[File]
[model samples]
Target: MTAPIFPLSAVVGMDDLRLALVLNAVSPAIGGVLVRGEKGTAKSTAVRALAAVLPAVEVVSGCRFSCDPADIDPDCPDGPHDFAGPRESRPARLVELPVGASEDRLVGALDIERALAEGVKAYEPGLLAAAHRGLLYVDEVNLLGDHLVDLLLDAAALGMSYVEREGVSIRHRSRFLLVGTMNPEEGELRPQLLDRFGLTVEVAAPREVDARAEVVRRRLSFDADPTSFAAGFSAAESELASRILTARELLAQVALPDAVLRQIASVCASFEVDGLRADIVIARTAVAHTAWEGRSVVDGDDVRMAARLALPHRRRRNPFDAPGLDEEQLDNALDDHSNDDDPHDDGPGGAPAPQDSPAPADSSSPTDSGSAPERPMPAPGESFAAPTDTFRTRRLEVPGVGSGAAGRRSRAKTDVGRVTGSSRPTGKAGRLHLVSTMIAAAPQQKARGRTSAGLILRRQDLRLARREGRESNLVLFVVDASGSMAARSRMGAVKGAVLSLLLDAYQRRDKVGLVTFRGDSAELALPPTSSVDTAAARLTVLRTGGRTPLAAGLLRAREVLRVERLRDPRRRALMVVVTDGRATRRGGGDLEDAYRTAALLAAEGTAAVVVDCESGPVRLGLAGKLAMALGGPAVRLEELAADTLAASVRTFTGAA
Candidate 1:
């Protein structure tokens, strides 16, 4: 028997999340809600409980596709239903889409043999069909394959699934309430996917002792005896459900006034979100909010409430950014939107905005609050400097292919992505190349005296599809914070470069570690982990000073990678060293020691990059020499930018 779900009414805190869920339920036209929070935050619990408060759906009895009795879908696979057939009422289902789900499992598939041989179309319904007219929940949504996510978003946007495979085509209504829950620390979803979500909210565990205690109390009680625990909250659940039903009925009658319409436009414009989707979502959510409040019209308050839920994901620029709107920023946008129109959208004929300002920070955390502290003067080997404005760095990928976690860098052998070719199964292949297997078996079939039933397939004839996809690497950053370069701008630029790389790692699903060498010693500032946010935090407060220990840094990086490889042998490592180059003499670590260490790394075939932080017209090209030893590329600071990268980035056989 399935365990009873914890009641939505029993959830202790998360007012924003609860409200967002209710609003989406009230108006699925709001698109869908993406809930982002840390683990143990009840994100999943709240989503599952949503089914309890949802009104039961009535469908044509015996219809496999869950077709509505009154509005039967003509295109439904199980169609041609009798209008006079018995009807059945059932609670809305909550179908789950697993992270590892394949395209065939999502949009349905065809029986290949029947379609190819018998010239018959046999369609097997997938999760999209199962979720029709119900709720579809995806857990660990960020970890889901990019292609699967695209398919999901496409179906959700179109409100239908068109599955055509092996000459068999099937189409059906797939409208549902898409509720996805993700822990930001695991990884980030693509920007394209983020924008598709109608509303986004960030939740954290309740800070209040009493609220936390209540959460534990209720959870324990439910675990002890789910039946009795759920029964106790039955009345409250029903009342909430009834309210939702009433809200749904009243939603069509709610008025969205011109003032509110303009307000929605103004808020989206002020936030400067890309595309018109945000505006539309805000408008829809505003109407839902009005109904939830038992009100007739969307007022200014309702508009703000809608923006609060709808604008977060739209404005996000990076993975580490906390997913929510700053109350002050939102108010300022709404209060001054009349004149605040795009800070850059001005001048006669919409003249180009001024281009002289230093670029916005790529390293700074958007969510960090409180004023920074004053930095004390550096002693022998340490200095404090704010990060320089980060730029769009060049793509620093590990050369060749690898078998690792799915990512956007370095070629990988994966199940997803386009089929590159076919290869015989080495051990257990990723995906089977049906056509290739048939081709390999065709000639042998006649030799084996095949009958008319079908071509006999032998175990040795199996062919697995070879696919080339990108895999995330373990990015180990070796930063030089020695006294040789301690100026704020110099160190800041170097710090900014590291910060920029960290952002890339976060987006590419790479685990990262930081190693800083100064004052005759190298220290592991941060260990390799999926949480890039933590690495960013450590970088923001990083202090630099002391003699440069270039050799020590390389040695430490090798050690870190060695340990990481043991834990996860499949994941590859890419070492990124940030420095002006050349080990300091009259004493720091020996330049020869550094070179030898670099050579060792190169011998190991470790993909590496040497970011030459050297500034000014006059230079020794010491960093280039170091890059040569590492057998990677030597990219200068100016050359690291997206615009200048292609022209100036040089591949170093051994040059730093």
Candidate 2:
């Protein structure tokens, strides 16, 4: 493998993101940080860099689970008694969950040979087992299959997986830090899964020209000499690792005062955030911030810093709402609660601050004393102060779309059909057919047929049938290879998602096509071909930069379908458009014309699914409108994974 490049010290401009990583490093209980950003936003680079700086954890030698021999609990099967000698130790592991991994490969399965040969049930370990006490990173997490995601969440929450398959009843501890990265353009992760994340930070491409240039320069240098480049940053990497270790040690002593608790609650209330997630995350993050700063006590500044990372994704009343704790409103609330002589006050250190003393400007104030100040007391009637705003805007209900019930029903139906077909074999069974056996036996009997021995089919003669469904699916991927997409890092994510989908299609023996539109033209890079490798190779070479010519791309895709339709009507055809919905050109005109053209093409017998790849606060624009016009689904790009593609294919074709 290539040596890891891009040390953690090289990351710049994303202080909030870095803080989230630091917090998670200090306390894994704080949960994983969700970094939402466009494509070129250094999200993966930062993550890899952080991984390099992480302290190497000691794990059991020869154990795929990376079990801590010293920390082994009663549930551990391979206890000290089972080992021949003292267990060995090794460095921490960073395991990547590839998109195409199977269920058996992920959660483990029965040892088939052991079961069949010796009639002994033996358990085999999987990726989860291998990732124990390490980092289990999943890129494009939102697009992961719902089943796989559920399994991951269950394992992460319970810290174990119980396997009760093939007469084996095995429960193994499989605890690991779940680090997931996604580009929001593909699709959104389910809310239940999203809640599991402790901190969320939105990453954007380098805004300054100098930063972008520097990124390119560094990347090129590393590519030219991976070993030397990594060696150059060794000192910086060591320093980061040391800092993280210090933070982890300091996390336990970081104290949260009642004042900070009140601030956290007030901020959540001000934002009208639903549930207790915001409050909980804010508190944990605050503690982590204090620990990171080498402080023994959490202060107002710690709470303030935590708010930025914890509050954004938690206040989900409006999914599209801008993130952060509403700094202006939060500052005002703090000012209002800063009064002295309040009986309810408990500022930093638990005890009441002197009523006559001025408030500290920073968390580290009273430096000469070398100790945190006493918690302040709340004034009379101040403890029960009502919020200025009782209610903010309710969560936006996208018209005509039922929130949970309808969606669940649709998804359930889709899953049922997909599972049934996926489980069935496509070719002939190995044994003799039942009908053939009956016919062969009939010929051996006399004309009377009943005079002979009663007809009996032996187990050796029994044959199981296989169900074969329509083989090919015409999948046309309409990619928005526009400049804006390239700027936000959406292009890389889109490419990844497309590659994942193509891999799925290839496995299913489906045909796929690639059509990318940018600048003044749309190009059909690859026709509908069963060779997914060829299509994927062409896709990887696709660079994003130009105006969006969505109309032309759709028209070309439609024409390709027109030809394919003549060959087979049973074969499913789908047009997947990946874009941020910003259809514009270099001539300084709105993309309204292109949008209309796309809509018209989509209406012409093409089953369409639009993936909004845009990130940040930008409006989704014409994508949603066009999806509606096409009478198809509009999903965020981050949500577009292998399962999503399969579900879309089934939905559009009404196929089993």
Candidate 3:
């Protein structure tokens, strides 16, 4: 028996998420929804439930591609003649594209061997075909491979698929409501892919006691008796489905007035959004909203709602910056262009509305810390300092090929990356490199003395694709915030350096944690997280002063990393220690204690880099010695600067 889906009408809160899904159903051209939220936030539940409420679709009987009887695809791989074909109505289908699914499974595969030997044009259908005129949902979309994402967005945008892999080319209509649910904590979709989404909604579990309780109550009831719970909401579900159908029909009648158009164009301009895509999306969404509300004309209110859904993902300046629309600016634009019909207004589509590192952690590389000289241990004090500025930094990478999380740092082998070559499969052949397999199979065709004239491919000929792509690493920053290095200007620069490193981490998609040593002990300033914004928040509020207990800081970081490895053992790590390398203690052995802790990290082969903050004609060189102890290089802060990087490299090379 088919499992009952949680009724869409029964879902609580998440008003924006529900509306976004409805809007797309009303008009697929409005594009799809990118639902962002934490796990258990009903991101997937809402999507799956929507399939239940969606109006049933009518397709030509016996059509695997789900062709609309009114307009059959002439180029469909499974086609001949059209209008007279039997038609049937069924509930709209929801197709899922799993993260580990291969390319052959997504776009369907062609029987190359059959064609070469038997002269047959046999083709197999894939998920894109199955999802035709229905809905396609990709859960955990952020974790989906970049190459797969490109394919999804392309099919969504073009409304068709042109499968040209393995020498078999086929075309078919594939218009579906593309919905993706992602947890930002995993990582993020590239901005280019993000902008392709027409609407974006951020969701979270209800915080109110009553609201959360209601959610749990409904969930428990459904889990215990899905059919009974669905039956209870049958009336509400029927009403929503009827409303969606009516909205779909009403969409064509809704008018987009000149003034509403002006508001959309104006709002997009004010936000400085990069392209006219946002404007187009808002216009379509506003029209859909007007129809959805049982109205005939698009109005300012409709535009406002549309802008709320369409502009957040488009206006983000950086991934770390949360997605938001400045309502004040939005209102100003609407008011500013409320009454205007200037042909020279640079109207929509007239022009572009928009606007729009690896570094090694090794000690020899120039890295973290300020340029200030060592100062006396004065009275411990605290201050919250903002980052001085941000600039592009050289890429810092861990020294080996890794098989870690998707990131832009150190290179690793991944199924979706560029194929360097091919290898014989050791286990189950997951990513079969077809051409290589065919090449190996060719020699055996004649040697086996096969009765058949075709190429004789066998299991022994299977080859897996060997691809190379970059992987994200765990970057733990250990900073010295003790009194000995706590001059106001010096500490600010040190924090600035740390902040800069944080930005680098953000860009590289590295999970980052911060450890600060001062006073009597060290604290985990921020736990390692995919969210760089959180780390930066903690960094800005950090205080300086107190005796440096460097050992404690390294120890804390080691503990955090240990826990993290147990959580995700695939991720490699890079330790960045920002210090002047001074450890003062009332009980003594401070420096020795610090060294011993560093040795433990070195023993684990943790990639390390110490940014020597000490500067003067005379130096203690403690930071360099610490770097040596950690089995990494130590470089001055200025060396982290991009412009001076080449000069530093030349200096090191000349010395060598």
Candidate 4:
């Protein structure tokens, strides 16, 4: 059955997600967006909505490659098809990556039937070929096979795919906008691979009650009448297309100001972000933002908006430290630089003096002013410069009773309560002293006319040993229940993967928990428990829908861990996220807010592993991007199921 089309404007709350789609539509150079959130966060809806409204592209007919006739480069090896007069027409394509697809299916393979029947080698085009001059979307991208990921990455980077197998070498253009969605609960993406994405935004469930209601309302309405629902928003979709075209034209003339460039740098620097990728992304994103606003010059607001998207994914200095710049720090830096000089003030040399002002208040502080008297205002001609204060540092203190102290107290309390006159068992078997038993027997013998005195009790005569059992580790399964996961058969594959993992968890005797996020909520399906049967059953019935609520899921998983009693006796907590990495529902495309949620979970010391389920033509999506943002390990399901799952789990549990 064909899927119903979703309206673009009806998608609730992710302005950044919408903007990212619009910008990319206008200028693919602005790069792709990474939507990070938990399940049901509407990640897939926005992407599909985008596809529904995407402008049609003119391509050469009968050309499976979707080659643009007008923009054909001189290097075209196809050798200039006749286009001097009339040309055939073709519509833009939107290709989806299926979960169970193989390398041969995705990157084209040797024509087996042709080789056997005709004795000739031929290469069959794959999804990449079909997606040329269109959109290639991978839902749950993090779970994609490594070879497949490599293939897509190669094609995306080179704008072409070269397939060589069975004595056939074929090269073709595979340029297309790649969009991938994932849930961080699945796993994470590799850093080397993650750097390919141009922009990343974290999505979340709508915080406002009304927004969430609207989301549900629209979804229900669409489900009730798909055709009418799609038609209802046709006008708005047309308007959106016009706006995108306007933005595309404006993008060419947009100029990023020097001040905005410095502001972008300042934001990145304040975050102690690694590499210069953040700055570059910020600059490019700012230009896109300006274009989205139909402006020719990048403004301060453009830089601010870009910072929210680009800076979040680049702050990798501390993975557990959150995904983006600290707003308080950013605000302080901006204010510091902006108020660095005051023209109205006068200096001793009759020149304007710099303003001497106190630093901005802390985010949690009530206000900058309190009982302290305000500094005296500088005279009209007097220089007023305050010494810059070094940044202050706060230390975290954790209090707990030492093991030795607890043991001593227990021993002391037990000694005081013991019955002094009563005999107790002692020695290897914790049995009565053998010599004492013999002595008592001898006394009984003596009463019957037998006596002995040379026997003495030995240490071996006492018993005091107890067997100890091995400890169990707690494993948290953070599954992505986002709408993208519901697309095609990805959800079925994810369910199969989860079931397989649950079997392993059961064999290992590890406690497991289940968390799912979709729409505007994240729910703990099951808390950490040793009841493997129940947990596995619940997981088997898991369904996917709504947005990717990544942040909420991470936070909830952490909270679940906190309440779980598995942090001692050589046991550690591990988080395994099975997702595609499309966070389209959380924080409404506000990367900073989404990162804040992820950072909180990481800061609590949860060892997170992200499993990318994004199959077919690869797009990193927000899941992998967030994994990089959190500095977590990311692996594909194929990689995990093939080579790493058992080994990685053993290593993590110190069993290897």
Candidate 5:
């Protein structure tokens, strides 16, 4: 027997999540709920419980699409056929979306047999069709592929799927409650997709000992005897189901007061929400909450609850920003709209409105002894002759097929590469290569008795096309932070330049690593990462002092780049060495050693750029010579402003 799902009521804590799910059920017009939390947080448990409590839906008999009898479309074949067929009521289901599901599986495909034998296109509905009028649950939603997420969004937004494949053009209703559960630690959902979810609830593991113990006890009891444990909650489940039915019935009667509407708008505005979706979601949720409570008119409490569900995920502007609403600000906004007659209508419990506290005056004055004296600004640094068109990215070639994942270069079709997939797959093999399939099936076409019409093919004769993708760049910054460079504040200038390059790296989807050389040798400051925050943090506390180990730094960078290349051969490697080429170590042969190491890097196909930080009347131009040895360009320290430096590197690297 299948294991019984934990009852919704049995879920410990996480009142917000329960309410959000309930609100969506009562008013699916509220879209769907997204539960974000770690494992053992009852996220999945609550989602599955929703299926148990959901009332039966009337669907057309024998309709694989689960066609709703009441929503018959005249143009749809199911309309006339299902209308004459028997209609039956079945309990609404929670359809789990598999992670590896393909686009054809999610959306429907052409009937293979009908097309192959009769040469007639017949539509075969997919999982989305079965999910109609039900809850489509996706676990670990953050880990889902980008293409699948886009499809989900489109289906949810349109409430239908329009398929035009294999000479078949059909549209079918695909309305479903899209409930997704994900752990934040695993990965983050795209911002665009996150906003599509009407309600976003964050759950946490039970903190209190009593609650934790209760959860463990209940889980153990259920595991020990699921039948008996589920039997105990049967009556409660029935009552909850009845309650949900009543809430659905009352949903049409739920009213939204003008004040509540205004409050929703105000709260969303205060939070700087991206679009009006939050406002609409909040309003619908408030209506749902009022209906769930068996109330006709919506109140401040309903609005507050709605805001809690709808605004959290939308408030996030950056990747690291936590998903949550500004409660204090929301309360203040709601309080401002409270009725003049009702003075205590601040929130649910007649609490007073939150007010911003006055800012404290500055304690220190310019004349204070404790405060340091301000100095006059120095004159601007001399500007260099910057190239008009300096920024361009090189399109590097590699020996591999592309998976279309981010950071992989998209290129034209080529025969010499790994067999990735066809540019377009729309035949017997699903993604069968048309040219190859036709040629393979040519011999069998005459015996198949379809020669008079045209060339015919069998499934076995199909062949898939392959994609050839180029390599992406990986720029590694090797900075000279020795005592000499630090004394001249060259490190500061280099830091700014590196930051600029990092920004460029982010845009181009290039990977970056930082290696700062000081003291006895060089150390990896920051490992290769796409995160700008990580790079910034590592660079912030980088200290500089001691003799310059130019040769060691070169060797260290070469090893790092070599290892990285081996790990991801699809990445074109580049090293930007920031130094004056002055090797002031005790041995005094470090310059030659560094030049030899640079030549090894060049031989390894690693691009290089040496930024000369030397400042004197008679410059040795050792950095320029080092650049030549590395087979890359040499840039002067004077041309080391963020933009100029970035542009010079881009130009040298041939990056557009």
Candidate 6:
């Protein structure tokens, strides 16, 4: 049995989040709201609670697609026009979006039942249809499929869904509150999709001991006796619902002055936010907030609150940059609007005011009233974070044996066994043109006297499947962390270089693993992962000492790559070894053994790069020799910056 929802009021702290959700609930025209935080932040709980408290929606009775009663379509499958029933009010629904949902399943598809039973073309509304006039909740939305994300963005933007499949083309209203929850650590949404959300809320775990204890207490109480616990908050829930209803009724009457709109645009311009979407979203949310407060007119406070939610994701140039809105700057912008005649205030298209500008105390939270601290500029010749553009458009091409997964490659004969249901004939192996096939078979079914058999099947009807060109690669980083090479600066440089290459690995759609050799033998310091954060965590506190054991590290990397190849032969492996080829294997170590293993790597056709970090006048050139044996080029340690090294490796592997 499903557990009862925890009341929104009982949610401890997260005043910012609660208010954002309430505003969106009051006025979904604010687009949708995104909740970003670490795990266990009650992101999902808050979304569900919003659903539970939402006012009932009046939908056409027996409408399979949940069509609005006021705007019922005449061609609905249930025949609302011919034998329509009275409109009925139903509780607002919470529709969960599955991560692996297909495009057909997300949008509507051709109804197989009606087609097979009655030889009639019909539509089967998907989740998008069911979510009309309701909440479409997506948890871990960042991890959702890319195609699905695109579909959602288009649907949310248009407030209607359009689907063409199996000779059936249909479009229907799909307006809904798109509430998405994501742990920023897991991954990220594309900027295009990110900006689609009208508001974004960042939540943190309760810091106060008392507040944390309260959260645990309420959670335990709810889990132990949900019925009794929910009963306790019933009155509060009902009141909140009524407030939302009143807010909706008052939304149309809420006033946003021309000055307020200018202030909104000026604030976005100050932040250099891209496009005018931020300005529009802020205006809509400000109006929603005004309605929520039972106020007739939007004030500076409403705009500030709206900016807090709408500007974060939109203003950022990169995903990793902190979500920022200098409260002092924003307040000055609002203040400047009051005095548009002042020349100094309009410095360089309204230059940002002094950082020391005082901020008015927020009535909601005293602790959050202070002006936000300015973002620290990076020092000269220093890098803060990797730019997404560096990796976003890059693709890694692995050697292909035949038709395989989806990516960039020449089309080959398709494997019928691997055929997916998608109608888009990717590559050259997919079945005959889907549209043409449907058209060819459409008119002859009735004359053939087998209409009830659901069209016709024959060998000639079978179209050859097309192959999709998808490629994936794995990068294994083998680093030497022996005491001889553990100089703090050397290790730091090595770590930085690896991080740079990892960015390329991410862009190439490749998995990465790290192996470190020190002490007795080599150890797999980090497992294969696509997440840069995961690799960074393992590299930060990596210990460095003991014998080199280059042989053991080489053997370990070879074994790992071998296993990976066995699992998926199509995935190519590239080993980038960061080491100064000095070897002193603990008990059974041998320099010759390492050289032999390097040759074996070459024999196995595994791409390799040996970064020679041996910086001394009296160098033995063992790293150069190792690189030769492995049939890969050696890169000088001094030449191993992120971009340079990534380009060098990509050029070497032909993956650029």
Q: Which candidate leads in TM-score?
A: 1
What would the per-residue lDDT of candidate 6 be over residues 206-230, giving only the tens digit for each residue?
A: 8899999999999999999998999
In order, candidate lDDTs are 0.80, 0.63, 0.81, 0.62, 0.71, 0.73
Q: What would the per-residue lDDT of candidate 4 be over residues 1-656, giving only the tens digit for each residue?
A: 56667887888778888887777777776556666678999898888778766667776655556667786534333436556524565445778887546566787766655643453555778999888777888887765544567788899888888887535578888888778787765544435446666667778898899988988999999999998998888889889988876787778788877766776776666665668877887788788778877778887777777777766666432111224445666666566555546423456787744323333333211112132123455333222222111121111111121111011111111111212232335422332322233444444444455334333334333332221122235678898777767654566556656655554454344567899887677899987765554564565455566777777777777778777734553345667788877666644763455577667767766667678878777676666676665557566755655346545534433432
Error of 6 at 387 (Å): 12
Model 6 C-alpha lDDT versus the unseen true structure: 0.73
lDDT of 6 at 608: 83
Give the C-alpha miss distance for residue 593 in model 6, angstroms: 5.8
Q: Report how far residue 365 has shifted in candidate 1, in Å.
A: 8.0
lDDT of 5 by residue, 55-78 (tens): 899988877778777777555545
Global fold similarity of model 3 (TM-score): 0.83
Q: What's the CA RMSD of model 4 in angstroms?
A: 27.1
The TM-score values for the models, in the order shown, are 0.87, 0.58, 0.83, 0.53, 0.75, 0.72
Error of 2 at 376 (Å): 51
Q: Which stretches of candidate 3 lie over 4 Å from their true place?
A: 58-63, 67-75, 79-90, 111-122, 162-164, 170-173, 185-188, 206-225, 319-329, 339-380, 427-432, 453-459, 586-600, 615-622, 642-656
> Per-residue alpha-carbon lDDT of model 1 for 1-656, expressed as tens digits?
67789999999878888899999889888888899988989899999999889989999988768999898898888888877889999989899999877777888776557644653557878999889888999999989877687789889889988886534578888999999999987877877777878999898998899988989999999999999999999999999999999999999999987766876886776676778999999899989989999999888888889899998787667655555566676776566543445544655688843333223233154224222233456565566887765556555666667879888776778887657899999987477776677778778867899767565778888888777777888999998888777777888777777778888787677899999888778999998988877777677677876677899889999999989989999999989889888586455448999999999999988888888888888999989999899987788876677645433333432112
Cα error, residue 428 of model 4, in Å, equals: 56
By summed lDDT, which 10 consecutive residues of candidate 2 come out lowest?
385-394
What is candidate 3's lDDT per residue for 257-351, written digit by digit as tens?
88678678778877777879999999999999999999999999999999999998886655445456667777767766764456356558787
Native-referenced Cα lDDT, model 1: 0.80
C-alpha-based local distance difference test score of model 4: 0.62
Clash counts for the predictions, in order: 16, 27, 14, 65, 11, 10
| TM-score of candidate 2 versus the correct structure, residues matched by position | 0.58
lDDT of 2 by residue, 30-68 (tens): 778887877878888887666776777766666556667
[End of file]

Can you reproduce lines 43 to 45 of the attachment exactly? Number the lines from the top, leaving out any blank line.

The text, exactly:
Native-referenced Cα lDDT, model 1: 0.80
C-alpha-based local distance difference test score of model 4: 0.62
Clash counts for the predictions, in order: 16, 27, 14, 65, 11, 10